Like adults, teens will diet for various reasons. Dedicated athletes may change their eating in order to better compete in their sport, while others may simply want to engage in healthier habits.
However, according to the Canadian Pediatric Society, “body image dissatisfaction and a desire to be thinner” are the leading causes of dieting in teens.
Without a specific health goal or plan in mind, teens may participate in extreme or unhealthy dieting habits such as fasting, purging, and using dietary pills.
Some studies estimate that as many as one in five teens participate in these unhealthy eating activities.
Teen Body Image
During adolescence, young men and women undergo dramatic physical and psychological changes. In addition to experiencing body development, teens place great emphasis on being accepted by their peers and the outside world.
As a result, many individuals will compare themselves and their appearances to others. This becomes especially prevalent through social networking platforms and the consumption of mainstream media.
Teens, in particular, are heavily influenced by the media. According to WebMD, teen girls, on average, experience three hours of media exposure daily.
“For too many American girls, being ‘model thin’ is a very real aspiration, and it starts at a shockingly young age,” writes Elizabeth Heubeck. “In one recent study, researchers found that TV programs focused on appearance are swaying the self-esteem of girls as young as 5.”
Health Effects of Extreme Dieting
When adolescents engage in unhealthy dieting behaviors, it is not uncommon for them to be experiencing low self-esteem, depression, anxiety, or other mental health issues.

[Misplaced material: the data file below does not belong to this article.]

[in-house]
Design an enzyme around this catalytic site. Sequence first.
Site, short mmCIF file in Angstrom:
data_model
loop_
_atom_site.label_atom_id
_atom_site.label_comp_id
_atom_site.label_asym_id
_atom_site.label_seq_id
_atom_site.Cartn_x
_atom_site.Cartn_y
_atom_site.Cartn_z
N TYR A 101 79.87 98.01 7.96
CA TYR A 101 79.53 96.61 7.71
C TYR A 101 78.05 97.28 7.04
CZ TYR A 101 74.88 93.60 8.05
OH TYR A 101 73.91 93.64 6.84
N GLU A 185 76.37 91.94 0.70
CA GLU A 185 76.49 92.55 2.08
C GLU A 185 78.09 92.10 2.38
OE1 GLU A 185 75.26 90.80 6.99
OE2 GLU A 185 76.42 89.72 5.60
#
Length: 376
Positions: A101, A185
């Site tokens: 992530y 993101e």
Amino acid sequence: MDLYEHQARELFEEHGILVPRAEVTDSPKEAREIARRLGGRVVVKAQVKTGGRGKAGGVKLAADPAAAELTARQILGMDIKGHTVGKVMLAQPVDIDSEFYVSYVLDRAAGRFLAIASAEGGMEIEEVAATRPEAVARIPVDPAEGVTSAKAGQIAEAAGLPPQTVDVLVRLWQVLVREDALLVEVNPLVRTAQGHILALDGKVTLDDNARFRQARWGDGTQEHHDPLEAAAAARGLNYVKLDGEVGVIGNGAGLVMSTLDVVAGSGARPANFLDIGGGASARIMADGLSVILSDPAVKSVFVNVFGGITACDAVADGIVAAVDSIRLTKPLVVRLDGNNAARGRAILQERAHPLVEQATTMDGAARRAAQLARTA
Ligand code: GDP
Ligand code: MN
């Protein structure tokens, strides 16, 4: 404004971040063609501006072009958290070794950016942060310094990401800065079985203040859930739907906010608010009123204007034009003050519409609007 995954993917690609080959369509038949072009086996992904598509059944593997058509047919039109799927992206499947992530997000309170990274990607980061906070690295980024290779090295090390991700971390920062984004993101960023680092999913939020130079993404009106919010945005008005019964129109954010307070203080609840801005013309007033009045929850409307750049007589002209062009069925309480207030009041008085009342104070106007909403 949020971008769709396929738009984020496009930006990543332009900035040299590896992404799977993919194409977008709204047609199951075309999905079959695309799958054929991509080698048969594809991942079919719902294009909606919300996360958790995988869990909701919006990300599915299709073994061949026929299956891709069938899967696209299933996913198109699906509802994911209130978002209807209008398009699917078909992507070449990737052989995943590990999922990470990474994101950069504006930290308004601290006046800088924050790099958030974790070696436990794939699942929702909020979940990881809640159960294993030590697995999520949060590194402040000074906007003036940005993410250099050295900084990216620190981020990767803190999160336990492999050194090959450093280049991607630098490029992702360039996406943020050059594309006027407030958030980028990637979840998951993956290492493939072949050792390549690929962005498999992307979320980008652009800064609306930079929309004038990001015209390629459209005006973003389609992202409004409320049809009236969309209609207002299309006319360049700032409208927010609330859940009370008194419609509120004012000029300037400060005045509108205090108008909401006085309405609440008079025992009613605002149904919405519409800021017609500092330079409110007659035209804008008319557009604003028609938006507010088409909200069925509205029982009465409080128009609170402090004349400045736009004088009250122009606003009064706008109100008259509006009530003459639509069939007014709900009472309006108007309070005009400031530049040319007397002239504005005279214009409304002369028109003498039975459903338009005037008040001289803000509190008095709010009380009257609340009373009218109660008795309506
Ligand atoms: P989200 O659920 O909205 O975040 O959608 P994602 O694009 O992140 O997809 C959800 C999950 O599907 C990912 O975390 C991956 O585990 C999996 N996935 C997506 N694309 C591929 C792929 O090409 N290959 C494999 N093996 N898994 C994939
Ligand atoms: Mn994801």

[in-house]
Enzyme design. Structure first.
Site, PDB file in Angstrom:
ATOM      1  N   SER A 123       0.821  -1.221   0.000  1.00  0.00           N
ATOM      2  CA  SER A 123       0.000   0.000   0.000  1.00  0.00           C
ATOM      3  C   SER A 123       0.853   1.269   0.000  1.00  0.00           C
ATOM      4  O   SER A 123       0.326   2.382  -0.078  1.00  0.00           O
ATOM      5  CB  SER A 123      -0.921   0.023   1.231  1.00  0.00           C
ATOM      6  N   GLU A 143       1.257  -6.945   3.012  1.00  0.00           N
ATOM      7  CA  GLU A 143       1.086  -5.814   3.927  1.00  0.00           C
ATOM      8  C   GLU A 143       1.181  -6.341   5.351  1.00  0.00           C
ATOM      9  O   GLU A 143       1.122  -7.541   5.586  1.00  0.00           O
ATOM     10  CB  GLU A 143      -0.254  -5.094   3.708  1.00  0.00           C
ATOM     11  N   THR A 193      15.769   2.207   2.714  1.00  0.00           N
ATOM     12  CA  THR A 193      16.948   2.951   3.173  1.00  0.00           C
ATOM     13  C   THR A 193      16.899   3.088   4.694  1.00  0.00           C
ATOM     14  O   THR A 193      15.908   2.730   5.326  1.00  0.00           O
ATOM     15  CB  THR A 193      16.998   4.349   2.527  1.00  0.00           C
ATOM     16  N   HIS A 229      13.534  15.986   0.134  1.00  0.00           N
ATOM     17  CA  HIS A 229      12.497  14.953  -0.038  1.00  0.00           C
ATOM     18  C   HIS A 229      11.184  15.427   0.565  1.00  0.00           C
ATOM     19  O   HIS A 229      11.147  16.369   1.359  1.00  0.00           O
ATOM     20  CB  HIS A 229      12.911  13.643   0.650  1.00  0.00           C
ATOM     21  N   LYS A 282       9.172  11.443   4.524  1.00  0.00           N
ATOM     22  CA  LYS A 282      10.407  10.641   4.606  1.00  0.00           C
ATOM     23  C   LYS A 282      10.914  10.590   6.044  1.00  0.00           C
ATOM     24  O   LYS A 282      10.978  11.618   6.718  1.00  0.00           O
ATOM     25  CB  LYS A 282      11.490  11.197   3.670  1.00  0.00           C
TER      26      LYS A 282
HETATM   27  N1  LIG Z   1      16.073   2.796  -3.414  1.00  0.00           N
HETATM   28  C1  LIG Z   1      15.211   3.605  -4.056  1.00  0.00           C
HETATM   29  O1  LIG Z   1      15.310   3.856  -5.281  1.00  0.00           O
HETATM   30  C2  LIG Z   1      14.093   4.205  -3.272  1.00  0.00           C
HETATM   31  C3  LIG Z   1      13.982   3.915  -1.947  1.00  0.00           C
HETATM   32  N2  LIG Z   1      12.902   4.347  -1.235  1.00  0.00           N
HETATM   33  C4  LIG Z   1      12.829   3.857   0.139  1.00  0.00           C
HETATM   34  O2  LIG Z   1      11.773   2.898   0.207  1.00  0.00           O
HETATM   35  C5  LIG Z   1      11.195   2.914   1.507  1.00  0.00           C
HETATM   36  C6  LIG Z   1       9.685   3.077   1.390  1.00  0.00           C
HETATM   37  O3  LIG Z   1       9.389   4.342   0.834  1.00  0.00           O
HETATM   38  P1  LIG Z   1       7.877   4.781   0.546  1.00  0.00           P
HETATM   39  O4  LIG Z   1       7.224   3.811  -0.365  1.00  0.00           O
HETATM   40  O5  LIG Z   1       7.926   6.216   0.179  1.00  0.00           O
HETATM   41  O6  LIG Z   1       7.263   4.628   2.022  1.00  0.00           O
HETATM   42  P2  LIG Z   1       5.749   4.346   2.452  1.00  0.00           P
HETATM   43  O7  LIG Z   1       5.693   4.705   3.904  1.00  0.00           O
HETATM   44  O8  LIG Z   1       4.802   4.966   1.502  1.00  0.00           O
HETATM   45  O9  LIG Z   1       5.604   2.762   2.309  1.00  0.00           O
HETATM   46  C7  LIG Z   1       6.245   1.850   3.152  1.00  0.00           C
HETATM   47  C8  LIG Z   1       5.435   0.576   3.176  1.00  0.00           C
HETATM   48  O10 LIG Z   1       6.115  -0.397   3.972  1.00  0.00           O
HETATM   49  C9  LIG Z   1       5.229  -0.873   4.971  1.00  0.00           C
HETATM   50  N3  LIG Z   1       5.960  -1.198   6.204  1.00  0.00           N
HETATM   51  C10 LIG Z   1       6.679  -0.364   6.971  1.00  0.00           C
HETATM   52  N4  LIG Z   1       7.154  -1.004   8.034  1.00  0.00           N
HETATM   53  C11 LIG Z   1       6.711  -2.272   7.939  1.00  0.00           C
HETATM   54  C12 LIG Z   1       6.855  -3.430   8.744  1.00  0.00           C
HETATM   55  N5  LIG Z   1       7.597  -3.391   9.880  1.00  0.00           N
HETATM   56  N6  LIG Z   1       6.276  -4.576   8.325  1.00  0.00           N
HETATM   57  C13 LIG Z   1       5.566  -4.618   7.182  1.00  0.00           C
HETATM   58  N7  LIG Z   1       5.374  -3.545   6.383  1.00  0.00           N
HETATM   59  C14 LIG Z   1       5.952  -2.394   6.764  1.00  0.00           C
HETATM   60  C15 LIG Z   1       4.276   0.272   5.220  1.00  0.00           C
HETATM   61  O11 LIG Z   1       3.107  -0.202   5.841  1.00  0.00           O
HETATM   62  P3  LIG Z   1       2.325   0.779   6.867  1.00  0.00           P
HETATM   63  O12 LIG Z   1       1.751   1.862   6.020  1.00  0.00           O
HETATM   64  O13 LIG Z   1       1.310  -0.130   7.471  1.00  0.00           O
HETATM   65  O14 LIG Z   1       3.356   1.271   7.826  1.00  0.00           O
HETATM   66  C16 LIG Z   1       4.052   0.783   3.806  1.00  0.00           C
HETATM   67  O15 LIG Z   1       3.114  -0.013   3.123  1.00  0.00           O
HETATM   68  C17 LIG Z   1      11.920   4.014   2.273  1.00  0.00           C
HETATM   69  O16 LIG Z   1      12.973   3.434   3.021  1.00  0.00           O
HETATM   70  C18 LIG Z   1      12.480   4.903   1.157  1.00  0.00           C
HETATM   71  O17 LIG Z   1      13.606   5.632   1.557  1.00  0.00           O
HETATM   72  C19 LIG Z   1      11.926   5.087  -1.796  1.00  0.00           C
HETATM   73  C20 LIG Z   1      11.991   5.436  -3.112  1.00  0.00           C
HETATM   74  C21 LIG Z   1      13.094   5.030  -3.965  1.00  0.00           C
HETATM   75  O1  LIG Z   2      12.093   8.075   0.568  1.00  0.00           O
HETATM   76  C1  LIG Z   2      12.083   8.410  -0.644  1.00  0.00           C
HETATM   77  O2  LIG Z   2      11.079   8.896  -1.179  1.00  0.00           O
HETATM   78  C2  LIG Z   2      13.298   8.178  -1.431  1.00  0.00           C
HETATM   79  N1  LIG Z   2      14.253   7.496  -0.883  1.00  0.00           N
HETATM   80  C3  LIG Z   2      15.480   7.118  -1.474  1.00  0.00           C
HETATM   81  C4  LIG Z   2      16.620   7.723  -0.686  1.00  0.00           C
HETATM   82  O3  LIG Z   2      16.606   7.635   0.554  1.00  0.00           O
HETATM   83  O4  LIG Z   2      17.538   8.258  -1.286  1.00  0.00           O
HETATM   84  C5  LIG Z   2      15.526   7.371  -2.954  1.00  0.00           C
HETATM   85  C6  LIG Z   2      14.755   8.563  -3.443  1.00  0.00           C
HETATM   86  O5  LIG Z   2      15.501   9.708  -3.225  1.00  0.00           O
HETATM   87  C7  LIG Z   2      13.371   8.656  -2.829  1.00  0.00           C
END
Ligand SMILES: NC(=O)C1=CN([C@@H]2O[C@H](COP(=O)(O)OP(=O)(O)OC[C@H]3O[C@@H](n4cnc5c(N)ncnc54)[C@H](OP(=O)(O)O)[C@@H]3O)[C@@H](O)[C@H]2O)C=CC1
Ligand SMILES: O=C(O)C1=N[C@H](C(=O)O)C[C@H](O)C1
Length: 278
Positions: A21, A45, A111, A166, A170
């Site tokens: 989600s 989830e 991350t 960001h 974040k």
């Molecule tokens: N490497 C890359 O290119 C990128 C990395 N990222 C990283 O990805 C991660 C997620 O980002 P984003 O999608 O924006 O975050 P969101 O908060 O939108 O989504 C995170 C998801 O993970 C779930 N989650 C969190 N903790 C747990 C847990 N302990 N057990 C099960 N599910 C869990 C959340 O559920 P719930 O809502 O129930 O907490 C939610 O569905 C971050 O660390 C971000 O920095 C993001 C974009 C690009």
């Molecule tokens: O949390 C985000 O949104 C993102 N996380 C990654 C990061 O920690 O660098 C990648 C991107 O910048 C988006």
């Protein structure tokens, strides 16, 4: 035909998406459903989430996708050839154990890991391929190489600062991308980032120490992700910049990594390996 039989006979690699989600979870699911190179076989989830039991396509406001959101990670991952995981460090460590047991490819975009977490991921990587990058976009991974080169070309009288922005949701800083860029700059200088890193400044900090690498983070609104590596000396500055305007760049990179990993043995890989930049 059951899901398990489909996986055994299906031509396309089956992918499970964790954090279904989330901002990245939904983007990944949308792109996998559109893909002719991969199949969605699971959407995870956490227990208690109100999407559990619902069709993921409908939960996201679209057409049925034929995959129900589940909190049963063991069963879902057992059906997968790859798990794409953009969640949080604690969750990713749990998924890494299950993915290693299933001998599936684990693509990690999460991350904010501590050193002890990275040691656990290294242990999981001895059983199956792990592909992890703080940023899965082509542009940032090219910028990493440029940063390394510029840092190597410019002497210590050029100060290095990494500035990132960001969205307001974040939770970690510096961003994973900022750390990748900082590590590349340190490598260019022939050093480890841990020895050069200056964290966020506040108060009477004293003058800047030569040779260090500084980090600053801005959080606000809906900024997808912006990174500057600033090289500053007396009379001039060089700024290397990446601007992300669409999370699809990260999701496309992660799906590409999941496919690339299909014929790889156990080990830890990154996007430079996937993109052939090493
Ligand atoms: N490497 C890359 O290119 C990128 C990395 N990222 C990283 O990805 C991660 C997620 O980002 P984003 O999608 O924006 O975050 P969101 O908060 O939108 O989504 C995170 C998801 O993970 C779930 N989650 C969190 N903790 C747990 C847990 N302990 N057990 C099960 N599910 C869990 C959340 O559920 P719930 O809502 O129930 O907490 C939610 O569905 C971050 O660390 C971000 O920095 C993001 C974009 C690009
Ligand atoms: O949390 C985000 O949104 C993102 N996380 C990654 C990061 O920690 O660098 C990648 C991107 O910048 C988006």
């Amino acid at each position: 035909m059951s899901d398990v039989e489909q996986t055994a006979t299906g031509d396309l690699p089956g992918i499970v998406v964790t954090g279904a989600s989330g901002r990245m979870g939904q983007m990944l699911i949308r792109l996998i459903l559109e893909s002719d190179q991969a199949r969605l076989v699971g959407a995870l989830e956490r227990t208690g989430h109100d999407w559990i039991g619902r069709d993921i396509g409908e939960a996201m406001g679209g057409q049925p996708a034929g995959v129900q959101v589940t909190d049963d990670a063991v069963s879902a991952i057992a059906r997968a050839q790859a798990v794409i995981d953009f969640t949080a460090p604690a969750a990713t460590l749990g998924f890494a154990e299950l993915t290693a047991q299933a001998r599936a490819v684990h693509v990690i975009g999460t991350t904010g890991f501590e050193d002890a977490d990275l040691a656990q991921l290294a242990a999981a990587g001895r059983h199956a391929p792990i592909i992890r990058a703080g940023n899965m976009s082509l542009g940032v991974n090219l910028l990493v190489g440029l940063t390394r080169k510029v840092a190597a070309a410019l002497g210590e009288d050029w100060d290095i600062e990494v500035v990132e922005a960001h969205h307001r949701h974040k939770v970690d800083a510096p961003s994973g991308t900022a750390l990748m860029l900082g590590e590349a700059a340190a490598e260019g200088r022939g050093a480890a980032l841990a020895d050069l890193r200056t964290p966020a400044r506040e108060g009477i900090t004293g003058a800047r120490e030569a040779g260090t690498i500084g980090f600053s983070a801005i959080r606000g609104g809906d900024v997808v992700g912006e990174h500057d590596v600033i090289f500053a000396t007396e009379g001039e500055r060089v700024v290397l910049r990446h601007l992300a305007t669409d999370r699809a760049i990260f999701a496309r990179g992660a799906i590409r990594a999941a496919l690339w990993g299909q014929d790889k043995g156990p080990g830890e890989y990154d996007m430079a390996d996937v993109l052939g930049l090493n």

“Anorexia is the most lethal psychiatric disorder, carrying a sixfold increased risk of death — four times the death risk from major depression.” –Daniel J. DeNoon, WebMD
Teens who engage in unhealthy dieting are at a greater risk of experiencing nutritional deficiencies, particularly in iron and calcium. During adolescence, such deficiencies can negatively affect one’s growth and may cause anemia.
Young women are at a greater risk of experiencing irregularities in their menstrual cycle, and may be more likely to have osteoporosis later in life.
GenPsych’s Healthy Eating and Living Program (HEAL)
GenPsych’s HEAL program addresses the thoughts, feelings, and behaviors associated with eating disorders such as anorexia, bulimia, binge eating disorders, and other disorders not otherwise specified (NOS). Our research-based program is led by our experienced, multidisciplinary team, who will work with you to help you balance your diet, manage your symptoms, and improve your overall self-esteem and health.